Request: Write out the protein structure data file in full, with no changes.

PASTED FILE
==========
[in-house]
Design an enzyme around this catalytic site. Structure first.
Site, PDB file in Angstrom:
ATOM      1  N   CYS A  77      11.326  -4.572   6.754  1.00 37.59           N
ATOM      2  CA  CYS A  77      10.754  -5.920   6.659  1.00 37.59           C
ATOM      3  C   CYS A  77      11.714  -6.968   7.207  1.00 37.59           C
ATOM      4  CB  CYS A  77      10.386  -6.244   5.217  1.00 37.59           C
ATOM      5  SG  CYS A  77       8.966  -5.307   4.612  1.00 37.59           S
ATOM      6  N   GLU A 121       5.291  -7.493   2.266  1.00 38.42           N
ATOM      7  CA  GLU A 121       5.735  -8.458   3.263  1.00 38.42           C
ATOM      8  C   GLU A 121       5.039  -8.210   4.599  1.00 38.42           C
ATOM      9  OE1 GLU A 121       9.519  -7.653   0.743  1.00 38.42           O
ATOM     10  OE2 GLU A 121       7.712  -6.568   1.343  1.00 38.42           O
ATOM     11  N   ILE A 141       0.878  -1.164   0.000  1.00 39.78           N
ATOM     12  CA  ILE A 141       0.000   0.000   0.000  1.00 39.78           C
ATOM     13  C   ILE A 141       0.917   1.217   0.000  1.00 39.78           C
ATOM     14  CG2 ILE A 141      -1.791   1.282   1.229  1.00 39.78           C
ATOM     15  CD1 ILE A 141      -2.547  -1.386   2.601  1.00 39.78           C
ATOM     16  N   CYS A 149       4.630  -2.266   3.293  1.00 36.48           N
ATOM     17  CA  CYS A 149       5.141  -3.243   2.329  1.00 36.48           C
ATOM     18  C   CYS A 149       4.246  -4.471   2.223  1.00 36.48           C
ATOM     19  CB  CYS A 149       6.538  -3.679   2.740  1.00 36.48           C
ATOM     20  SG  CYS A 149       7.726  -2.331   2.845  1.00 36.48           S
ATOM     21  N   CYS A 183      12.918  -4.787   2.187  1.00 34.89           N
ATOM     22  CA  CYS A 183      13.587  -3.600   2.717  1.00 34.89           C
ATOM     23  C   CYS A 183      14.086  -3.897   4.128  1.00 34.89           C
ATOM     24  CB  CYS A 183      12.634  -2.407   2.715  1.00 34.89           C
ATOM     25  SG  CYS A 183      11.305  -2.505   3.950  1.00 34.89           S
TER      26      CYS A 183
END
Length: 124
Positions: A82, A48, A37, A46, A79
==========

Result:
[in-house]
Design an enzyme around this catalytic site. Structure first.
Site, PDB file in Angstrom:
ATOM      1  N   CYS A  77      11.326  -4.572   6.754  1.00 37.59           N
ATOM      2  CA  CYS A  77      10.754  -5.920   6.659  1.00 37.59           C
ATOM      3  C   CYS A  77      11.714  -6.968   7.207  1.00 37.59           C
ATOM      4  CB  CYS A  77      10.386  -6.244   5.217  1.00 37.59           C
ATOM      5  SG  CYS A  77       8.966  -5.307   4.612  1.00 37.59           S
ATOM      6  N   GLU A 121       5.291  -7.493   2.266  1.00 38.42           N
ATOM      7  CA  GLU A 121       5.735  -8.458   3.263  1.00 38.42           C
ATOM      8  C   GLU A 121       5.039  -8.210   4.599  1.00 38.42           C
ATOM      9  OE1 GLU A 121       9.519  -7.653   0.743  1.00 38.42           O
ATOM     10  OE2 GLU A 121       7.712  -6.568   1.343  1.00 38.42           O
ATOM     11  N   ILE A 141       0.878  -1.164   0.000  1.00 39.78           N
ATOM     12  CA  ILE A 141       0.000   0.000   0.000  1.00 39.78           C
ATOM     13  C   ILE A 141       0.917   1.217   0.000  1.00 39.78           C
ATOM     14  CG2 ILE A 141      -1.791   1.282   1.229  1.00 39.78           C
ATOM     15  CD1 ILE A 141      -2.547  -1.386   2.601  1.00 39.78           C
ATOM     16  N   CYS A 149       4.630  -2.266   3.293  1.00 36.48           N
ATOM     17  CA  CYS A 149       5.141  -3.243   2.329  1.00 36.48           C
ATOM     18  C   CYS A 149       4.246  -4.471   2.223  1.00 36.48           C
ATOM     19  CB  CYS A 149       6.538  -3.679   2.740  1.00 36.48           C
ATOM     20  SG  CYS A 149       7.726  -2.331   2.845  1.00 36.48           S
ATOM     21  N   CYS A 183      12.918  -4.787   2.187  1.00 34.89           N
ATOM     22  CA  CYS A 183      13.587  -3.600   2.717  1.00 34.89           C
ATOM     23  C   CYS A 183      14.086  -3.897   4.128  1.00 34.89           C
ATOM     24  CB  CYS A 183      12.634  -2.407   2.715  1.00 34.89           C
ATOM     25  SG  CYS A 183      11.305  -2.505   3.950  1.00 34.89           S
TER      26      CYS A 183
END
Length: 124
Positions: A82, A48, A37, A46, A79